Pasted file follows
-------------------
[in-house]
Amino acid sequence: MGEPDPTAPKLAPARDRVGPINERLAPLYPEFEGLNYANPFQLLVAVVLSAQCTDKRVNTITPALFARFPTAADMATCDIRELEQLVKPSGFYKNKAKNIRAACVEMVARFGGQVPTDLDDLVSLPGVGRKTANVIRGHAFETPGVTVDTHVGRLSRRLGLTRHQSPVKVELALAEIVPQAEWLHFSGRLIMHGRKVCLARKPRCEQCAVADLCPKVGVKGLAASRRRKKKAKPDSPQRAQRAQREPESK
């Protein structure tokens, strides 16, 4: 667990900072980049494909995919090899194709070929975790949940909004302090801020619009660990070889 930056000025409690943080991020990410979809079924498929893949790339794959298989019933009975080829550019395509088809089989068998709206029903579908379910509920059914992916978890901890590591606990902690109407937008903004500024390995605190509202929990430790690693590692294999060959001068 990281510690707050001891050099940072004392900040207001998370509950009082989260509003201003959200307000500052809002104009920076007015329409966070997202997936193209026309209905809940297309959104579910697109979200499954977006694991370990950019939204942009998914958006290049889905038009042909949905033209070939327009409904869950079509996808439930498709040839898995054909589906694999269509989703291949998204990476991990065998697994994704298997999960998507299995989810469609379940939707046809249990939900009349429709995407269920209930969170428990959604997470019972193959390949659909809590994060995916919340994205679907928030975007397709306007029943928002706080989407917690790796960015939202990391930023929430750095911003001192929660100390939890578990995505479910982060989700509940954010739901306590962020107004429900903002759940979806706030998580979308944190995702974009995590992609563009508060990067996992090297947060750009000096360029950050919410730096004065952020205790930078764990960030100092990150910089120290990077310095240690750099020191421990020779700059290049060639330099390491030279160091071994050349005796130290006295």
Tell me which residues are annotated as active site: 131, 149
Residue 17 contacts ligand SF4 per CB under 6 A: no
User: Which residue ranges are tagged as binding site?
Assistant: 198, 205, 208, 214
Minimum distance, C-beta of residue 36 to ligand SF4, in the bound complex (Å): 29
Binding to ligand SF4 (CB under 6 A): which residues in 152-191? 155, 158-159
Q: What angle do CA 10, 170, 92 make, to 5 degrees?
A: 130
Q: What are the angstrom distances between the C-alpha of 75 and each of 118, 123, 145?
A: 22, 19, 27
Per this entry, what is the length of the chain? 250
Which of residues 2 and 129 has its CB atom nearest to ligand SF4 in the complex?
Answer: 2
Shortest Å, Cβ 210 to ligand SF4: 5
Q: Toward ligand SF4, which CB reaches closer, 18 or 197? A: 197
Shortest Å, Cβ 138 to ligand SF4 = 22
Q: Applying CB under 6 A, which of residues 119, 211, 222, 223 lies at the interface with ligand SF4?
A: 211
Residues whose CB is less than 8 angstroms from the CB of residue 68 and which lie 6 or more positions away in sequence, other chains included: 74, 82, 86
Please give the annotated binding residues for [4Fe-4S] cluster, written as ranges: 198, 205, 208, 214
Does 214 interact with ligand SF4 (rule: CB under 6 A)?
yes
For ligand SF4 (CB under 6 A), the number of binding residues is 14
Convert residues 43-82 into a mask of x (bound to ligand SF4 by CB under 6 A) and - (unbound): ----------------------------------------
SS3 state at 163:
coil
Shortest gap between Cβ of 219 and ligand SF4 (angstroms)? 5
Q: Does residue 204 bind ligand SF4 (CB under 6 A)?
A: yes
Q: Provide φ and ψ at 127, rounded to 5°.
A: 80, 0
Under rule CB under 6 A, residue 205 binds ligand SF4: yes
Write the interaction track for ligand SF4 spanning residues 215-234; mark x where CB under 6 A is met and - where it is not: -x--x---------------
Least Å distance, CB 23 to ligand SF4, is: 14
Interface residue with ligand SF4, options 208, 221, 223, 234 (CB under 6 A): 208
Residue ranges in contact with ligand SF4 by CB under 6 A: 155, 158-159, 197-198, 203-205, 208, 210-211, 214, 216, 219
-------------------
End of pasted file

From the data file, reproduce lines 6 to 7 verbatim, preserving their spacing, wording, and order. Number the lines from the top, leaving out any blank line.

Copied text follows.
User: Which residue ranges are tagged as binding site?
Assistant: 198, 205, 208, 214